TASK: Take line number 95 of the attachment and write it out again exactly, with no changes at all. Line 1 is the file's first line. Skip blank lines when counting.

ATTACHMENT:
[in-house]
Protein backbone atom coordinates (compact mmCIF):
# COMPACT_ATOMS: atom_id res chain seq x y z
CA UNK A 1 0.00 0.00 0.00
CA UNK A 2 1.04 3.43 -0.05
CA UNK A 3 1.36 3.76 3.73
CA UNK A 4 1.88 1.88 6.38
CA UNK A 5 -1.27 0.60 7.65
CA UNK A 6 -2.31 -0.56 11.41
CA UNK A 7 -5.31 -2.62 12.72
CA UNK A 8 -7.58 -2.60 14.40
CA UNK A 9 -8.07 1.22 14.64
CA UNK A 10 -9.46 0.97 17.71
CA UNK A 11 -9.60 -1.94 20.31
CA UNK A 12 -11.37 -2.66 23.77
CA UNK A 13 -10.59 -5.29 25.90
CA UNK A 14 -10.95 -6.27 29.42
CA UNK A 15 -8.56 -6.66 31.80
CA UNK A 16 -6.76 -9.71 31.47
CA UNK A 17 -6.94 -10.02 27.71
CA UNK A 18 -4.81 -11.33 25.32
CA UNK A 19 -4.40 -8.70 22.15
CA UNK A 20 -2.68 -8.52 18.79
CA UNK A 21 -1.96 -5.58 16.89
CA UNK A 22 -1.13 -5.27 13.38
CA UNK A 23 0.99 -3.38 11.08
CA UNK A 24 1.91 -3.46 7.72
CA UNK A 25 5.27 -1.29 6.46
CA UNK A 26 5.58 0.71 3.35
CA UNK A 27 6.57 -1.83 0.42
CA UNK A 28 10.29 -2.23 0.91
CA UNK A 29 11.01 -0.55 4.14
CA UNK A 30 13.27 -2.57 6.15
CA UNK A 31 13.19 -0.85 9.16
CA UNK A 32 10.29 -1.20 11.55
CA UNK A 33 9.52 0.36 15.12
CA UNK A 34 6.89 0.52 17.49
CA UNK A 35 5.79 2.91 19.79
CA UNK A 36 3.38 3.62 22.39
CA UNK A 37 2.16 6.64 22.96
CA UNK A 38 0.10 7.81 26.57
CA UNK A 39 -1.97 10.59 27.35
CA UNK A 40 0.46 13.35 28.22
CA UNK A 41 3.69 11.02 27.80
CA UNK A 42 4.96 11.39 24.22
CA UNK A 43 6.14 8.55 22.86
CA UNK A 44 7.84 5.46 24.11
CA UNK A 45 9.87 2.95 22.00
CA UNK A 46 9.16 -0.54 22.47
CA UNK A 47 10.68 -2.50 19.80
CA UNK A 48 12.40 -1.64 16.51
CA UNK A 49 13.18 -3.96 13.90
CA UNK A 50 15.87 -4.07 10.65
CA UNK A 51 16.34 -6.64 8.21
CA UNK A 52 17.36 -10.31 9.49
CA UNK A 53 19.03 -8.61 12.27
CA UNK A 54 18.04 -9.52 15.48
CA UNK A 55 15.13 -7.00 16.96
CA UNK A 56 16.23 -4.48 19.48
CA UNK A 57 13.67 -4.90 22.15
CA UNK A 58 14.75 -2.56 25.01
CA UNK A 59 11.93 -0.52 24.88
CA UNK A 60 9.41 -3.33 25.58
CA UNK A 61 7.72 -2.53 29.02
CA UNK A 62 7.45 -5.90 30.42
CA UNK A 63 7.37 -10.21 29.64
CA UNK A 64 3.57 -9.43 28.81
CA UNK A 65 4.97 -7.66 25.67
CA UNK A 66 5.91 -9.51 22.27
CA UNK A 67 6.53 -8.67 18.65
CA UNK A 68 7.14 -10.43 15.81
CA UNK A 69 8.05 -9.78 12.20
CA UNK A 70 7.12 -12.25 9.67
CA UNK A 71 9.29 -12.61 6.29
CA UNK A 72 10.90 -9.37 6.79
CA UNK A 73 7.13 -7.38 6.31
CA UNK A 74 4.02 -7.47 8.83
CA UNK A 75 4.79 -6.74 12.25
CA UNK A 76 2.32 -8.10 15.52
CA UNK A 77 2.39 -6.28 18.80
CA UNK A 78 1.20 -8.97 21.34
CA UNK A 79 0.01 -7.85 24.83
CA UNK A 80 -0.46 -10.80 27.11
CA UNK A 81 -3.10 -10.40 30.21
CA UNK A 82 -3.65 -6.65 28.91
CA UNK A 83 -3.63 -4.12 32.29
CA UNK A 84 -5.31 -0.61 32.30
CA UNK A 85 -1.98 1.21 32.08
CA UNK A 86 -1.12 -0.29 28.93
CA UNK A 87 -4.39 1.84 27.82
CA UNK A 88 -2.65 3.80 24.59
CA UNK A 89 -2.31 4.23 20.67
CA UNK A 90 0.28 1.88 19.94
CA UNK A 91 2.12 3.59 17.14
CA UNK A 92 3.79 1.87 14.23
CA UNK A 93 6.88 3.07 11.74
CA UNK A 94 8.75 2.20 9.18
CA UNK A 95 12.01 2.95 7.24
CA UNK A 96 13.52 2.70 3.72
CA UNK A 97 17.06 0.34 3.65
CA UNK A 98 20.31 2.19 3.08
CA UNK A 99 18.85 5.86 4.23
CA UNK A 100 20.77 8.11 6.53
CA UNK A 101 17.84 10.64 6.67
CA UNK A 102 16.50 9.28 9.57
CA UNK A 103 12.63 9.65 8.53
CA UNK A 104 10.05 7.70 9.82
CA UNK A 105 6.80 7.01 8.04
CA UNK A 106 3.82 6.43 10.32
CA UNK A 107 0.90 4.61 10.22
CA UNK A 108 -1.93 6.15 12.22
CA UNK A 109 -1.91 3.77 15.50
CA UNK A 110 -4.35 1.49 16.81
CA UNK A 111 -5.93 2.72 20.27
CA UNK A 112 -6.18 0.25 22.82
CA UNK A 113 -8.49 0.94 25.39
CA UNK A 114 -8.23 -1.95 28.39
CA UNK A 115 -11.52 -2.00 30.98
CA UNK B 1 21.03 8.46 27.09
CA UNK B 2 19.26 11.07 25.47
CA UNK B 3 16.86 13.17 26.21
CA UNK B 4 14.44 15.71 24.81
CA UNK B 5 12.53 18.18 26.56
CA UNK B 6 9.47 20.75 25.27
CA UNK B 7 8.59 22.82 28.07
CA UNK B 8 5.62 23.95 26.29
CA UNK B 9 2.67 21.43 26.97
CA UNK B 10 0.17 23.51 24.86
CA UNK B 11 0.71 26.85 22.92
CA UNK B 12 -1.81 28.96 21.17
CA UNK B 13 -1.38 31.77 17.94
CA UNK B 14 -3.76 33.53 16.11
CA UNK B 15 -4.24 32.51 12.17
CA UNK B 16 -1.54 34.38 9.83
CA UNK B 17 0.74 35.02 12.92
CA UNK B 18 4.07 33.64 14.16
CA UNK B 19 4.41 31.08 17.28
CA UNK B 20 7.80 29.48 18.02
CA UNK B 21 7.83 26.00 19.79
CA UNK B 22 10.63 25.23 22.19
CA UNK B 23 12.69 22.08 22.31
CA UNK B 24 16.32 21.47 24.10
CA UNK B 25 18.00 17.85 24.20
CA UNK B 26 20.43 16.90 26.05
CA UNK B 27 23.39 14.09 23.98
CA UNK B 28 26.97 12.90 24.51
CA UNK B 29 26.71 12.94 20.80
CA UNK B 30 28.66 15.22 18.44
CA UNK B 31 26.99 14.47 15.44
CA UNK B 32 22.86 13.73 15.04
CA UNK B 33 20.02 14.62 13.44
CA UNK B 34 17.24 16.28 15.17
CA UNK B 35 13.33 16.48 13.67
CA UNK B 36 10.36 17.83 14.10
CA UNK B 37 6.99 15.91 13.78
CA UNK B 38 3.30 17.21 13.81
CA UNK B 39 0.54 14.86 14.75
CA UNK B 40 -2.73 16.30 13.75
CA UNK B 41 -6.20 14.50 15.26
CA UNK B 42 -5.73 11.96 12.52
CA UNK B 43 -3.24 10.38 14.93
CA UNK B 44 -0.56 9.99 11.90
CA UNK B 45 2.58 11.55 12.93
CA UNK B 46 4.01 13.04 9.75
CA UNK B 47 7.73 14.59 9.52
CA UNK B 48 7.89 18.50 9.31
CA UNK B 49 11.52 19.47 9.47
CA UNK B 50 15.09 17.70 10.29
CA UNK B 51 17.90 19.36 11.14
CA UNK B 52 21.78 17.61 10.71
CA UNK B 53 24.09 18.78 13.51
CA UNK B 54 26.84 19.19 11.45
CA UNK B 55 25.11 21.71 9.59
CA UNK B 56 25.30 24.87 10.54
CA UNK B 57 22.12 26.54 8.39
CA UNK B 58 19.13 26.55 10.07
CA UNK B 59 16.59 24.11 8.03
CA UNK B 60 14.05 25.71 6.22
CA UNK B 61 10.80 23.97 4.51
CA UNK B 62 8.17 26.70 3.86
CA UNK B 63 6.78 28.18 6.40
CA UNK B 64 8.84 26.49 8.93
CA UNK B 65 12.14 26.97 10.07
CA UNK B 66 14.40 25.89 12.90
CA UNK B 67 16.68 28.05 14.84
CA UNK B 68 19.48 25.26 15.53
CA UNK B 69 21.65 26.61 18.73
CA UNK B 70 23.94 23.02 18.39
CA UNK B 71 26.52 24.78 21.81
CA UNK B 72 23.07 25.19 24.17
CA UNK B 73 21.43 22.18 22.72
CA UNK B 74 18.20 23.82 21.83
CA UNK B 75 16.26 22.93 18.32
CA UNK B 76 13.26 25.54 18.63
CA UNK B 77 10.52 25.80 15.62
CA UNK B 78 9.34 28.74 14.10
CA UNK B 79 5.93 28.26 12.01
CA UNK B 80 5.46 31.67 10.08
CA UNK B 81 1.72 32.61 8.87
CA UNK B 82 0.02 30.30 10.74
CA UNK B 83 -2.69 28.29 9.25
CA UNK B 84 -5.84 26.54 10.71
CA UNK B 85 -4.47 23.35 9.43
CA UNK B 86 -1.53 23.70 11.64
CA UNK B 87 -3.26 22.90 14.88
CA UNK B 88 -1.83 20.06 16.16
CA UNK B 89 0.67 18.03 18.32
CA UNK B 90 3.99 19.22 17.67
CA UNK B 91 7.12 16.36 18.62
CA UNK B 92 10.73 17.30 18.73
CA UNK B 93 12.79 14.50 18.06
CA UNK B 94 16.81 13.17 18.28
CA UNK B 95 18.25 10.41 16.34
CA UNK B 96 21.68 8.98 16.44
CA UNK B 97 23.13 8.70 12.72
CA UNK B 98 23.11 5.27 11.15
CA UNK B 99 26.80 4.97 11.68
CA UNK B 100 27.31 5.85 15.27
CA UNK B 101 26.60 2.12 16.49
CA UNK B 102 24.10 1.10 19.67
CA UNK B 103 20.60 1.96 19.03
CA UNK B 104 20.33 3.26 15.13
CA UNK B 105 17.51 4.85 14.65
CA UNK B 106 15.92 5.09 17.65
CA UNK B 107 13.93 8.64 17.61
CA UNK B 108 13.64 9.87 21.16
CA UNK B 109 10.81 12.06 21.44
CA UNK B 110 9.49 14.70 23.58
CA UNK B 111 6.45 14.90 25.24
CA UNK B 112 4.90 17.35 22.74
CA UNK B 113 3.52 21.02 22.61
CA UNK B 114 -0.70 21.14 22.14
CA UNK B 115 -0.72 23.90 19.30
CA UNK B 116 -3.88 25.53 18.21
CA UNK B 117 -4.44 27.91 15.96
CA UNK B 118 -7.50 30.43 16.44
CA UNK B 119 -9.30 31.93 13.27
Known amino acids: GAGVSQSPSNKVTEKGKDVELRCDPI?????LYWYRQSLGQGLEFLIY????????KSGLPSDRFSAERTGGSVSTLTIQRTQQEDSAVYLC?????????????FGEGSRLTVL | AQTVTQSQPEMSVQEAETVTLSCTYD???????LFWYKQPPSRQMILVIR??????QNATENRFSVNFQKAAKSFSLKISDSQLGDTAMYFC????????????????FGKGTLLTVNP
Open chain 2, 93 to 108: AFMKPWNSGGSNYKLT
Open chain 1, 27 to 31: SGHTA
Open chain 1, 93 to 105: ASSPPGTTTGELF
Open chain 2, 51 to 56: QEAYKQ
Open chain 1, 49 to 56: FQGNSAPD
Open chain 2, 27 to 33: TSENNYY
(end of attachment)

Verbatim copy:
CA UNK A 92 3.79 1.87 14.23